Fully Online
Instruction that is solely delivered by web-based or internet-based technologies. This term is used to describe the previously used terms distance learning and e learning.

Online with mandatory face-to-face learning on Campus

Online with optional face-to-face learning on Campus

Work-based Learning
Learning activities where the main location for the learning experience is in the workplace.

Campus(es) for Module Delivery
The module will normally be offered on the following campuses / or by Distance/Online Learning: (Provided viable student numbers permit)
Paisley:Ayr:Dumfries:Lanarkshire:London:Distance/Online Learning:Other:


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Term(s) for Module Delivery
(Provided viable student numbers permit).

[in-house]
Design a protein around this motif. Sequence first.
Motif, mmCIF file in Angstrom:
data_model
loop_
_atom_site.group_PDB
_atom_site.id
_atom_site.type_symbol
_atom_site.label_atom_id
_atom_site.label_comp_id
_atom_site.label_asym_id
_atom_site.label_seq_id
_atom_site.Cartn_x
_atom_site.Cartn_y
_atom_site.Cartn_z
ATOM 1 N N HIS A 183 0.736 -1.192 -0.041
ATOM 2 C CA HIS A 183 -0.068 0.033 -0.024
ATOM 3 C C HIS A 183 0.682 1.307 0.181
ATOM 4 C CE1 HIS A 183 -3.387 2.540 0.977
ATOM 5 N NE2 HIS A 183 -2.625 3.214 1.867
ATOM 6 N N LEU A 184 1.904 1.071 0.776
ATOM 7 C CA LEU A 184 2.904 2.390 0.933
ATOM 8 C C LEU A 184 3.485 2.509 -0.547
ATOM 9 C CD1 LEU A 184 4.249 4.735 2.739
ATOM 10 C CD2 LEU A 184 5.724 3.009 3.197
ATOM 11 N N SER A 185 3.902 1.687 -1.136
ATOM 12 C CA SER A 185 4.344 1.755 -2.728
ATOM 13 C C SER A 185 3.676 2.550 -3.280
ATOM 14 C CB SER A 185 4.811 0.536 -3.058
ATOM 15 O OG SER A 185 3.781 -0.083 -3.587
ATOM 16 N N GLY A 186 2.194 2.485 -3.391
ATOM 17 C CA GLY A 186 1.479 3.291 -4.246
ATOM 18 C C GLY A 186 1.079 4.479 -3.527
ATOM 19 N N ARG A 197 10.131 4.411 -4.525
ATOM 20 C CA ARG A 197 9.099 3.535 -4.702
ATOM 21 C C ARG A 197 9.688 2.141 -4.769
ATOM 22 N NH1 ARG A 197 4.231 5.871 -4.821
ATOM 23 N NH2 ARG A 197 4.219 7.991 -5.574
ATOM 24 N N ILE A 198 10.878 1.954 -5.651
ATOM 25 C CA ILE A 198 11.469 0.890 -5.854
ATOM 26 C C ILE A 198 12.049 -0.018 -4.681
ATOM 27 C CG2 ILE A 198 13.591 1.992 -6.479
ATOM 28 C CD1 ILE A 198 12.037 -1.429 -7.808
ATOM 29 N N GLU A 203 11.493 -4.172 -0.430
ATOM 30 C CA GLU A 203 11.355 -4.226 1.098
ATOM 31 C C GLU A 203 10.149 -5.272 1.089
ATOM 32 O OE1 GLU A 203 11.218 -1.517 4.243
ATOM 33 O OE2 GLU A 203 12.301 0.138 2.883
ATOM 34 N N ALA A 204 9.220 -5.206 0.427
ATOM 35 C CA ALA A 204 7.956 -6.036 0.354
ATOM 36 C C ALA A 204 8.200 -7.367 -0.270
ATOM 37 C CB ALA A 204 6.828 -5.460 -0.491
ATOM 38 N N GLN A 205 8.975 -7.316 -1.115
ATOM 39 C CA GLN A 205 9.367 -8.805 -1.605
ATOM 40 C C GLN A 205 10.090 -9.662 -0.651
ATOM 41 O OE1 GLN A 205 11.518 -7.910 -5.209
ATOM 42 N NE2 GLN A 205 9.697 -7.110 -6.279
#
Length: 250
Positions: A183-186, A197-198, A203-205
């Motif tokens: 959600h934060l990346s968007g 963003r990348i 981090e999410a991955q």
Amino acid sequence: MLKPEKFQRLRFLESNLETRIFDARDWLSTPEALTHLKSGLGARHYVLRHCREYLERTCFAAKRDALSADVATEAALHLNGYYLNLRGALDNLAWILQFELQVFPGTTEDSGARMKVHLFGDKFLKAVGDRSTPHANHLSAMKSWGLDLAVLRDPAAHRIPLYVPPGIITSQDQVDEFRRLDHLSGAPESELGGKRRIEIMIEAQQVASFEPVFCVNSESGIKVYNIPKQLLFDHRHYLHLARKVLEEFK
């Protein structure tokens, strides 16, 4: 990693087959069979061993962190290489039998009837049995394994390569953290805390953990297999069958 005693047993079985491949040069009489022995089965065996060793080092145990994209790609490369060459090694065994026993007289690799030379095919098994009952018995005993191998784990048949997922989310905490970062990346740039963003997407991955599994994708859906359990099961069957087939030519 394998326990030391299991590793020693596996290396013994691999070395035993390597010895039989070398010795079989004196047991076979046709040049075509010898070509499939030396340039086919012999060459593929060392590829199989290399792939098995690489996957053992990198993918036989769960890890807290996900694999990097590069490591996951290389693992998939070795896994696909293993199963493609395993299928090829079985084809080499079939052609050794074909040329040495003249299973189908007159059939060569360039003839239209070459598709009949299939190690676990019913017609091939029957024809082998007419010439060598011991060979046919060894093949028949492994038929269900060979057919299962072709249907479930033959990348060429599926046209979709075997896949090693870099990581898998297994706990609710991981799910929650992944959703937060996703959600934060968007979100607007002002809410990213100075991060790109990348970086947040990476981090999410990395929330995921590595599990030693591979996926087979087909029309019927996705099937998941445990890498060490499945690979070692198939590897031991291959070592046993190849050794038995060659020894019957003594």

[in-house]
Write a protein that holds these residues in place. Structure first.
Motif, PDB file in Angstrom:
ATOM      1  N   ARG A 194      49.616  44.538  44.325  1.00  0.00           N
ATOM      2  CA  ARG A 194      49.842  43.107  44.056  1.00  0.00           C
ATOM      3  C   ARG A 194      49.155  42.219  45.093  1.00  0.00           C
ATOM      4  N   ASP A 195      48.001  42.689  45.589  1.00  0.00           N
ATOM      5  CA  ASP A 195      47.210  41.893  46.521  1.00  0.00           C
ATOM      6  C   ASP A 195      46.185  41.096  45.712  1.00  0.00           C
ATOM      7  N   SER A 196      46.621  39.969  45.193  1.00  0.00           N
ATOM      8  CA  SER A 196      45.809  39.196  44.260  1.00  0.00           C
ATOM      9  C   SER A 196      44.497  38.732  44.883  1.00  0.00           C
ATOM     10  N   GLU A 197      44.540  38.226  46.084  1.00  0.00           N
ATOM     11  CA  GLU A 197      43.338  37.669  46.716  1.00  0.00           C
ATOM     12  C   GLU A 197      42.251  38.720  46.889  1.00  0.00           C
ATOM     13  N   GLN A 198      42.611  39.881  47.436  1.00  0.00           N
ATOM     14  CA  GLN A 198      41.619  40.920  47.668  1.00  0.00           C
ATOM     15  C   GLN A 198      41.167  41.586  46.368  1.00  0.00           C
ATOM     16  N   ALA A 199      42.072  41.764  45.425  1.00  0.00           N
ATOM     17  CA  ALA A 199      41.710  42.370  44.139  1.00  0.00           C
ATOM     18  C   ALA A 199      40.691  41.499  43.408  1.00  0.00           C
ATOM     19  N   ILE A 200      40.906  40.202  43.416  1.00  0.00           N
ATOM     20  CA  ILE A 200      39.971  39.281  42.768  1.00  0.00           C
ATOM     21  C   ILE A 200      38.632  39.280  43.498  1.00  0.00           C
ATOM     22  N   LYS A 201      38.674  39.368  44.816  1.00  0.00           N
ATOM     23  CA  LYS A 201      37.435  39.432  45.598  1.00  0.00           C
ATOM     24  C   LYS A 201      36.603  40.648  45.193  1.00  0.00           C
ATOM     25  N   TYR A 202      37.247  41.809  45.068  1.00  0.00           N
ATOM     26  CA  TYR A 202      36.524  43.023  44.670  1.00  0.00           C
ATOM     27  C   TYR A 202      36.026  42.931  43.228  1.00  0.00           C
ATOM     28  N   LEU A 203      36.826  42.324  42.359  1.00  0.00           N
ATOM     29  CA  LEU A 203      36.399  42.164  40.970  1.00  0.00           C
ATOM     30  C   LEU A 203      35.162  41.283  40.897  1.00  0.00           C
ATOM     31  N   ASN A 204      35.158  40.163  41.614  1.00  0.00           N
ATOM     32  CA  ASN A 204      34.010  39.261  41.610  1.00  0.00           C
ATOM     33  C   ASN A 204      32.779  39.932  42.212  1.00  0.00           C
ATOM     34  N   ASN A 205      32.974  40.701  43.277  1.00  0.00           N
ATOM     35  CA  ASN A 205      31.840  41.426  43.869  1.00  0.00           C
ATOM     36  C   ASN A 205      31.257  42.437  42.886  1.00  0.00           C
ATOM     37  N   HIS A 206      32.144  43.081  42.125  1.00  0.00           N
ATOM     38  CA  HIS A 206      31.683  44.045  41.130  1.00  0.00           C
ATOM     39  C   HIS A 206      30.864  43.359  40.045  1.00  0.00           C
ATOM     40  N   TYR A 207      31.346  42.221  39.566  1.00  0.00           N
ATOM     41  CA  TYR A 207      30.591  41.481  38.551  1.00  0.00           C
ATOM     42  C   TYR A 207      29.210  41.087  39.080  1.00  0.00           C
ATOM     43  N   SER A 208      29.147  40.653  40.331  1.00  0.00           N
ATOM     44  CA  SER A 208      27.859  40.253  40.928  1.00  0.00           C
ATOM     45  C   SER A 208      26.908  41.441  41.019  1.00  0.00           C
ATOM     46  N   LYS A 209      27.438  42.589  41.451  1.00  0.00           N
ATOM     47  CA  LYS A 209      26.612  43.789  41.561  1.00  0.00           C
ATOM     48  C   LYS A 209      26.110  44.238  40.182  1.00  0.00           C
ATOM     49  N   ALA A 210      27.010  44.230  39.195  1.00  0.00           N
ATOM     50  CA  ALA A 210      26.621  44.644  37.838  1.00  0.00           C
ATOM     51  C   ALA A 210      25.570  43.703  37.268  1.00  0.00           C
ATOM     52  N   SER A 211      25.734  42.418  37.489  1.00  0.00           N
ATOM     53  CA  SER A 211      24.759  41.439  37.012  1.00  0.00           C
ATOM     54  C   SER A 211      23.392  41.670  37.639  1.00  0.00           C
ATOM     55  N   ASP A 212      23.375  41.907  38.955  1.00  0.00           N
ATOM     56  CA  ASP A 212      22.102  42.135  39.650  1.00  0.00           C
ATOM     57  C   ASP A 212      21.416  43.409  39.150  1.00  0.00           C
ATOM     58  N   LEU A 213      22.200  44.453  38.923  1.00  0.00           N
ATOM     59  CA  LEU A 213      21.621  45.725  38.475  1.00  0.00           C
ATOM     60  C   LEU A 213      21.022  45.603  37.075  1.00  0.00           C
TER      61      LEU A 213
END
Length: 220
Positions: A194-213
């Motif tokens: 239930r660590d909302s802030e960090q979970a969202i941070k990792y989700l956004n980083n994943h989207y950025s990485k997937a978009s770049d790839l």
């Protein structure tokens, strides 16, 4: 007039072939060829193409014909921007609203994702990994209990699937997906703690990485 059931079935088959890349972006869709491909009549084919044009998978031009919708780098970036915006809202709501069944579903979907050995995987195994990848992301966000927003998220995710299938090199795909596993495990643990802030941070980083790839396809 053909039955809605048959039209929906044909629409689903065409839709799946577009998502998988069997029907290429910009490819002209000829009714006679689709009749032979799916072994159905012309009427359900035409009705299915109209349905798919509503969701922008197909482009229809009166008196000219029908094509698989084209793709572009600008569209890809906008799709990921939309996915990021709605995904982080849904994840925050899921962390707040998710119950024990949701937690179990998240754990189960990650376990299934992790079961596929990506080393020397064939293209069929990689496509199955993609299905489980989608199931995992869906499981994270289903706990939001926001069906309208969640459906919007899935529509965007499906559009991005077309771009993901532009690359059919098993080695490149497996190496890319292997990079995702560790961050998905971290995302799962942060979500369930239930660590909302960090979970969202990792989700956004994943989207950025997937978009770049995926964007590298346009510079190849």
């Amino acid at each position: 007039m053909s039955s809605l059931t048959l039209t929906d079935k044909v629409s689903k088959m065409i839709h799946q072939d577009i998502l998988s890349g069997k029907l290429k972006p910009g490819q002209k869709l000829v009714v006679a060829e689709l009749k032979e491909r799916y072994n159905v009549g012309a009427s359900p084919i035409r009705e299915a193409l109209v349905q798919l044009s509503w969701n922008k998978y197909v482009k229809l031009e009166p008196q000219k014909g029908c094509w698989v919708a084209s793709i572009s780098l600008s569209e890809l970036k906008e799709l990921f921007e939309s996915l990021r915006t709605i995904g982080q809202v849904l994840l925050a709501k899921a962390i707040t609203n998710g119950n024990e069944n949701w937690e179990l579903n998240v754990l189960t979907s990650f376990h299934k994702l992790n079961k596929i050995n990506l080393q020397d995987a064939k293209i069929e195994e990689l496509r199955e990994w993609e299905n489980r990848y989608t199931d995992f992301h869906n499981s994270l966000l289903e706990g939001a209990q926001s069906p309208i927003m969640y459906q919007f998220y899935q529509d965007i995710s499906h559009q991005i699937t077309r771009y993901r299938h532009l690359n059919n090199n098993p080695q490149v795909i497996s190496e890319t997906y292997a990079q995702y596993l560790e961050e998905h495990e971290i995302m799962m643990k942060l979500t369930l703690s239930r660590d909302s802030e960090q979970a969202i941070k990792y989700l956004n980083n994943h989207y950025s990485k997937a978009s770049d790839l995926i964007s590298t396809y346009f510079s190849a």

Term 1


Term 2check markTerm 3


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Learning Outcomes: (maximum of 5 statements)

On successful completion of this module the student will be able to:

L1. Demonstrate a critical understanding of a range of different roles in film production and the specialist technical, creative, collaborative and organisational skills and methods that these roles require.

L2. Apply this knowledge to contribute to the creation of new or original work in collaboration with other filmmakers.

L3. Evaluate the creative output and working practices of fellow students.

L4. Evaluate their own performance and skills base in relation to their continuing professional development.

Employability Skills and Personal Development Planning (PDP) Skills
SCQF Headings During completion of this module, there will be an opportunity to achieve core skills in:
Knowledge and Understanding (K and U) SCQF Level 9.

Demonstrate and/or work with: